Bespin – Start of the Browser Wars II

Mozilla are the people behind Firefox. And some users may know it for XUL – the XML based User-interface  Language that Microsoft has copied and proprietized as XAML. Some people may know that Mozilla has also a major role in JavaScript having Brendan Eich, the designer of Javascript, on staff. So naturally Mozilla has been pushing the state of the art for JavaScript with Rhino (Java based JavaScript engine), SpiderMonkey (C based JavaScript Engine), Tamarin (the Actionscript 3 and ECMAScript 4 C++ version of JavasCript) plus helping define the next version JavaScript 2 or ECMAScript 4.

Mozilla is also working on a number of other important projects in Web development. Thunderbird and SeaMonkey continue work on eMail and browsing technology. Tinderbox supports their own development operations and cross platform builds. XPCOM is a cross platform component object model and XUL Runner is a framework to run XUL+XPCOM based projects in a variety of embedded and other operating environs. In sum, if you get the idea that Mozilla is not a one FireFox/JavaScript pony – then you have a feel for the range that is Mozilla Development’s capabilities. Hence, on this factor alone Mozilla’a Bespin is of interest.


Bespin is an online code editor that goes well beyond TinyMCE and other online editing tools:

Bespin looks at making development editing more relevant for co-operative version control environs like CVS, capable of collaborative work among several developers, yet still deliver fast response time online and allow for both full screen and command line (think vi etc)editing. It is ambitious and has attracted a lot of attention from developers. And well it should.

But Bespin is also drawing a line in the W3C/Web Standards sands. Bespin uses a lot of upcoming HTML 5 features including canvas and media technologies. Now this is important because Mozilla is using what Microsoft is not. In effect Mozilla is saying that its growing browser market share (20-35% depending on who is doing the counting and growing at about 1-2% per quarter)allows it to support and use W3C standards that Microsoft, to date, is taking a  … where have we seen this before … raincheck on. In short, the tanks are rolling in position for Browser Wars II.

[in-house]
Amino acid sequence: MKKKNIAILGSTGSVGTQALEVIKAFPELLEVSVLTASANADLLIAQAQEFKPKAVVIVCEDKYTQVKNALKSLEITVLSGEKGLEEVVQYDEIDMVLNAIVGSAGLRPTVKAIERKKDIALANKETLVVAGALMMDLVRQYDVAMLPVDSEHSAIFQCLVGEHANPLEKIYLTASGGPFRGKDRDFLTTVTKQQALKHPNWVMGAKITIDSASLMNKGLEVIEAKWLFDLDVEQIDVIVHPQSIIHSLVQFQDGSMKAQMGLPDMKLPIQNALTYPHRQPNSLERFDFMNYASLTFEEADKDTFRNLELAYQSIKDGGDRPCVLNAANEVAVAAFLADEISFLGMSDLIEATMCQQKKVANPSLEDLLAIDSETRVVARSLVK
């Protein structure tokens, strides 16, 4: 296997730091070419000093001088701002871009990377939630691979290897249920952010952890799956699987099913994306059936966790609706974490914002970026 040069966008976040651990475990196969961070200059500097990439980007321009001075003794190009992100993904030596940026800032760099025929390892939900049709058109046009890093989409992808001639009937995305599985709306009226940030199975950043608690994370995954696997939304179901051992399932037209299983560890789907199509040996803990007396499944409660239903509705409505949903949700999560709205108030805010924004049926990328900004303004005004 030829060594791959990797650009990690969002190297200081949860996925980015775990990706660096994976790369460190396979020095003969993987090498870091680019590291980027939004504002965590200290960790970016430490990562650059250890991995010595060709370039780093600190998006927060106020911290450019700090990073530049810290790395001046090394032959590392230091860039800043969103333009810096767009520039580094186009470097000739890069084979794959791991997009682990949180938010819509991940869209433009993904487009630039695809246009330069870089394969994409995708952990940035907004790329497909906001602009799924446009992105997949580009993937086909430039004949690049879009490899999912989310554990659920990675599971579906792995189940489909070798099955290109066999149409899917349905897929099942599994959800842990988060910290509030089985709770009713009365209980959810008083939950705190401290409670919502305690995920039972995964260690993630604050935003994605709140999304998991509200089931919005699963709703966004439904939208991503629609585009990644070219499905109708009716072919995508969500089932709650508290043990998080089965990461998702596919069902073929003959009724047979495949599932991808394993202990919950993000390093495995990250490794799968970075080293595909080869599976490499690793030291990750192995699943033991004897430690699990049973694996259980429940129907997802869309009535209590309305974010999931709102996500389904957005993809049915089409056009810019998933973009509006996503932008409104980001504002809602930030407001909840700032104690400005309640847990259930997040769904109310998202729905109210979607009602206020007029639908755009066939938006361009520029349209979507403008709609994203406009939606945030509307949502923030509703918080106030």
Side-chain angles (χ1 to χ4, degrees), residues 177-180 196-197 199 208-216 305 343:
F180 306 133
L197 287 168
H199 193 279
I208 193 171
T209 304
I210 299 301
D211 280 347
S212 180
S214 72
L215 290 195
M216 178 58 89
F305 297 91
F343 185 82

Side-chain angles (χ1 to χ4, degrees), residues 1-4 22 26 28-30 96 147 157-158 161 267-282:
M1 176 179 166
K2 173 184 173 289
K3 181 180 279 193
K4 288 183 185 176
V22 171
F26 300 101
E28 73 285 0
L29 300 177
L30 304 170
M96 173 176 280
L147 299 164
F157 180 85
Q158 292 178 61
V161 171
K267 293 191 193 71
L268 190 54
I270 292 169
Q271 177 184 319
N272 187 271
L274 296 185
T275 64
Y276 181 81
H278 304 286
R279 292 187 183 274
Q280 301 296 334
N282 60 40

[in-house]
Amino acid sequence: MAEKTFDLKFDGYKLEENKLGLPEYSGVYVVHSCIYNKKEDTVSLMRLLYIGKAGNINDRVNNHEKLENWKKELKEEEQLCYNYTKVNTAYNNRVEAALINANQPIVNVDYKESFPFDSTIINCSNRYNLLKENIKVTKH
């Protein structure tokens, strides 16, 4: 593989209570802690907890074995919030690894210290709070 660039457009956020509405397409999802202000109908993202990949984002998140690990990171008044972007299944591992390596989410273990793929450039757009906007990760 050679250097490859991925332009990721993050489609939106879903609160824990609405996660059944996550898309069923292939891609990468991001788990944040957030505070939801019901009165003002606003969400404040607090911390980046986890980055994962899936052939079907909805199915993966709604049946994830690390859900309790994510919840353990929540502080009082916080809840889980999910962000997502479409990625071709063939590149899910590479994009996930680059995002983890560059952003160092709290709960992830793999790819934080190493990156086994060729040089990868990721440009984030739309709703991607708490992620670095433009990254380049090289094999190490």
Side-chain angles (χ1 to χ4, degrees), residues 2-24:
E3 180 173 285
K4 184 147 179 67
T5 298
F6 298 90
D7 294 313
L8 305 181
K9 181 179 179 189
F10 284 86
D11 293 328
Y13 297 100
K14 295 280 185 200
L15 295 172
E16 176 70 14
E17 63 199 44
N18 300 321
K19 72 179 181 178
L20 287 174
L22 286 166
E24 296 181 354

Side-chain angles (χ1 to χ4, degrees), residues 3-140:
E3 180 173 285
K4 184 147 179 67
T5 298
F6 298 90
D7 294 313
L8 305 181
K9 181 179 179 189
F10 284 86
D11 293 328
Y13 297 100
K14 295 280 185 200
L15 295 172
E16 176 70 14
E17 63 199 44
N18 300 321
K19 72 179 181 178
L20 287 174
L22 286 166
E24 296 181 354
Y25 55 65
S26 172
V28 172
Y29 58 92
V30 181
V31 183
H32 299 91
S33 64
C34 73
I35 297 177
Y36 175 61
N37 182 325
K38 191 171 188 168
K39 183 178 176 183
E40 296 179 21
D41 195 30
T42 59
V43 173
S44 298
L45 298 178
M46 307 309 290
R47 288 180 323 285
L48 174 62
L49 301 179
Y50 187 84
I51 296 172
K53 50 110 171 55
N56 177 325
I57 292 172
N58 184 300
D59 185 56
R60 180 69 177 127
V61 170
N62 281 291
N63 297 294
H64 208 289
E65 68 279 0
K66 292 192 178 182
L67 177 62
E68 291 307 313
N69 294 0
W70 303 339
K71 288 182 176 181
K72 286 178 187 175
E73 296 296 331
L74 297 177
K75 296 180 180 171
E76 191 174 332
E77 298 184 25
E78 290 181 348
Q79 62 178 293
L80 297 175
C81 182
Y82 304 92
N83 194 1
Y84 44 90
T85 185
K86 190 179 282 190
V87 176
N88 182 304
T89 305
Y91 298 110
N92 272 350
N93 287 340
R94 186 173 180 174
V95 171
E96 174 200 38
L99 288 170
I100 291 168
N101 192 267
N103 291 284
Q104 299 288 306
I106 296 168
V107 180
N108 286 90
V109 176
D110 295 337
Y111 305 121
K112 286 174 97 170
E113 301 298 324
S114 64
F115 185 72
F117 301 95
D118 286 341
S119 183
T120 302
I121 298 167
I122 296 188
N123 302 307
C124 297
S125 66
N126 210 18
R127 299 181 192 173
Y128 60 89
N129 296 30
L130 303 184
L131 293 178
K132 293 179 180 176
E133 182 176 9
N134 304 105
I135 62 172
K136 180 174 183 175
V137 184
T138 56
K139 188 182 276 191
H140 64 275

The Browser Wars are Now Fully Engaged

Microsoft is now confronted with three trends that they cannot allow to continue:

1)The IE browser is consistently losing market share. See here for some of the latest evidence.
2)Web and Mobile development is where all the developers and their actions are happening not PC desktops where Microsoft has almost ruined its Windows brand with Vista.
3)Microsoft has lost thought and mind leadership to Apple, Google, and the damn Open Cloud.

So I expect a full response from Redmond starting at the upcoming MIX conference where Microsoft reveals the latest in its increasingly proprietary, “it must run best in Windows” Web software. Just take a look at Atlas, IE, LINQ, Silverlight and XAML for starters. Each is semi-open which is to say they use some Web standards but also ignore a number of  of the popular ones. IE is a perfect example, it still has many proprietary JScript + DOM extensions yet still cannot handle W3C standards like complete cSS2+3, SVG, XForms, E4X, etc, etc.